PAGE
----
Just when things seem to be going Theo’s way, it all goes to hell with the arrival of his dad (Luke Wilson), who turns up in town with his blowsy girlfriend Sandra (Sarah Paulson) just long enough to spirit him off to a nearly abandoned Las Vegas housing development (and if you think that the house is located on a dead-end street, you might have a future in clunky metaphors). Dad turns out to be a drunken gambler more interested in Theo’s possible inheritance than anything else and Theo spends most of his time hanging out with Boris (Finn Wolfhard), a wild Ukrainian delinquent who turns Theo on to booze, acid and snorting crushed-up Vicodin. After yet another tragedy, the film jumps forward a few years and finds the now-adult Theo (Ansel Elgort) now working as a furniture restorer alongside Hobie and reconnecting with Mrs. Barbour, even going so far as to become engaged to her daughter, Kitsey (Willa Fitgerald). Once again, Theo seems to have it all but it is soon revealed that his continued sense of guilt over what he feels is his responsibility for his mother’s death has led to a couple of additional dark secrets that are now in danger of coming out. Between the pressure brought on by his sense of shame and his unexpected reunions with the now-adult Pippa (Ashleigh Cummings) and Boris (Aneurin Barnard), he is finally compelled to try to set everything right at long last, no matter what the cost.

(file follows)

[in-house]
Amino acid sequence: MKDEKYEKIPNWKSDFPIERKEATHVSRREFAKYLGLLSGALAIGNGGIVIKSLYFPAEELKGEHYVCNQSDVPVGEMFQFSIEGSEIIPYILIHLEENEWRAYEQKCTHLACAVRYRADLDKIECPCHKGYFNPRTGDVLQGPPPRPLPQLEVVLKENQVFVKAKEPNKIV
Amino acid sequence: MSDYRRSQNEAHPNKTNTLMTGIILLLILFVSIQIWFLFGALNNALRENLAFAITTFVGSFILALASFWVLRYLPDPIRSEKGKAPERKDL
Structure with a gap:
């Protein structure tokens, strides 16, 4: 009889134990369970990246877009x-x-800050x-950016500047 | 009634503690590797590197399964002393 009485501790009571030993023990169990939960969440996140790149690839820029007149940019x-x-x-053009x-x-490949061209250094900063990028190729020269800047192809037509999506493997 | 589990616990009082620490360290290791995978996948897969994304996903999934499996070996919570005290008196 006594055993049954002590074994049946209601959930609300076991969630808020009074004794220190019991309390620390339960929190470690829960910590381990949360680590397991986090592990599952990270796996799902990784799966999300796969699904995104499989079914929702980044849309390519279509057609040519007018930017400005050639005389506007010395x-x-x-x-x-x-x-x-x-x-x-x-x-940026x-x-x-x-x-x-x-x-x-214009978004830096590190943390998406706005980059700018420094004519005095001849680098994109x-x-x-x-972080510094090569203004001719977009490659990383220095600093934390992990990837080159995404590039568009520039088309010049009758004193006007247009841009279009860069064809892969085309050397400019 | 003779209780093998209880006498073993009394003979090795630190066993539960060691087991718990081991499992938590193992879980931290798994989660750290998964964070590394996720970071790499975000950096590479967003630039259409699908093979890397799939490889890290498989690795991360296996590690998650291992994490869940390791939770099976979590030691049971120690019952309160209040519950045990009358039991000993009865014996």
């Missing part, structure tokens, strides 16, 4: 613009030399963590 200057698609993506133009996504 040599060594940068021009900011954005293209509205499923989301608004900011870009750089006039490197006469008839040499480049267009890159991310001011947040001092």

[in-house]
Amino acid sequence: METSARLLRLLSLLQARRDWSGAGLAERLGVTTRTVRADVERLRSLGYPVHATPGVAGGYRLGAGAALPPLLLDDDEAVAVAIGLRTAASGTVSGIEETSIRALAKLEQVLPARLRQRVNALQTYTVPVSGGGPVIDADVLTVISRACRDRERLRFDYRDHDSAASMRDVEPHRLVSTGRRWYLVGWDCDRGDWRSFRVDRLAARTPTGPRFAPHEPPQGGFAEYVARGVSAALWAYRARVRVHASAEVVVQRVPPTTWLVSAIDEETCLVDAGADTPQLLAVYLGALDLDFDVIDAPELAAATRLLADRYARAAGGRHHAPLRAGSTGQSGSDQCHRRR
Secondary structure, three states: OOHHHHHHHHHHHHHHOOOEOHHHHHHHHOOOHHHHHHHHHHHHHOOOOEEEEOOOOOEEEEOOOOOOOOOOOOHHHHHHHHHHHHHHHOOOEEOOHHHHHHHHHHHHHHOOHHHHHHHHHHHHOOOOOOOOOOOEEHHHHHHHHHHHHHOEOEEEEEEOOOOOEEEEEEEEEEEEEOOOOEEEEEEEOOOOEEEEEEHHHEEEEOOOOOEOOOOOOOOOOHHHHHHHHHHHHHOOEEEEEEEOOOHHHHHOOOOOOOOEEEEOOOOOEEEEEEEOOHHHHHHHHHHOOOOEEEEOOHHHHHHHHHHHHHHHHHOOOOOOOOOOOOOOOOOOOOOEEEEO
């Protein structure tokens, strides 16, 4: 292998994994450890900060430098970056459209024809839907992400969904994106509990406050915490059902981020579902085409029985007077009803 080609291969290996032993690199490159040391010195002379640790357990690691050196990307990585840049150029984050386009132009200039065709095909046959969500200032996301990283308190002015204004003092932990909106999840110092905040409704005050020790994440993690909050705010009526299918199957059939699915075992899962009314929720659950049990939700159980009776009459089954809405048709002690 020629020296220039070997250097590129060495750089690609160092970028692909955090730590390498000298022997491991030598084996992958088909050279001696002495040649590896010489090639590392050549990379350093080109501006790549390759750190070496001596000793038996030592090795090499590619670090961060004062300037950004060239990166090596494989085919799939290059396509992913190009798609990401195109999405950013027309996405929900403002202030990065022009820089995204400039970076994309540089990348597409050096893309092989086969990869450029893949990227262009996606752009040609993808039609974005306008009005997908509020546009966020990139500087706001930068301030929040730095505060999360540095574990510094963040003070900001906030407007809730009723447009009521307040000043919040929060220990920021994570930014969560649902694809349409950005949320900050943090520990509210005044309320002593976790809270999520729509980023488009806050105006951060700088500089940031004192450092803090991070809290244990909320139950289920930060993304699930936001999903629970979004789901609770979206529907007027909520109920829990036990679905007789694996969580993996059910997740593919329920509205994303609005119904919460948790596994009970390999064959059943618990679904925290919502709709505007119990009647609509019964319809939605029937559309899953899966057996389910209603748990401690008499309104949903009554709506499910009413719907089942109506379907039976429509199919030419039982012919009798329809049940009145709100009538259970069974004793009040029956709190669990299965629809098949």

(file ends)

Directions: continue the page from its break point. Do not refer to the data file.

After watching “The Goldfinch,” I naturally assumed that this was yet another case of a great, if lengthy, book being chopped and channeled beyond recognition in a misguided attempt to make it work as a film. Therefore, I was a bit surprised to talk to a couple of people and read a couple of reviews that suggested that Peter Straughn’s screenplay more or less fit the narrative contours of Tartt’s book. If that is true, then the real question becomes one of wondering how it was possible that such a ludicrous and sub-Dickensian stew of thinly drawn characters, ludicrous plot developments (did I mention the part where Theo winds up in a shoot-out in Amsterdam?) and a reliance on coincidence that quickly becomes comical (according to this film, there are maybe 12 people living in Manhattan and every one of them recognizes Theo instantly even if they haven’t seen him in years), all of which are served up at a glacial pace (the film runs 2 1/2 hours and feels at least 16 times longer), could have possibly been revered by so many people in its print incarnation in the first place? Did the fact that it placed a genuine work of art at its center subliminally convince people that it too was worthy of high regard by its inclusion alone? If I had to guess, I would think that the story was always pretty ludicrous at its core but Tartt’s undeniable gifts as a writer—the thing that transformed “The Secret History” from a mere potboiler into something infinitely smarter and more elegant—recounted it in such a way that readers could be so dazzled by the prose stylings without ever quite noticing how ludicrous the whole enterprise was getting.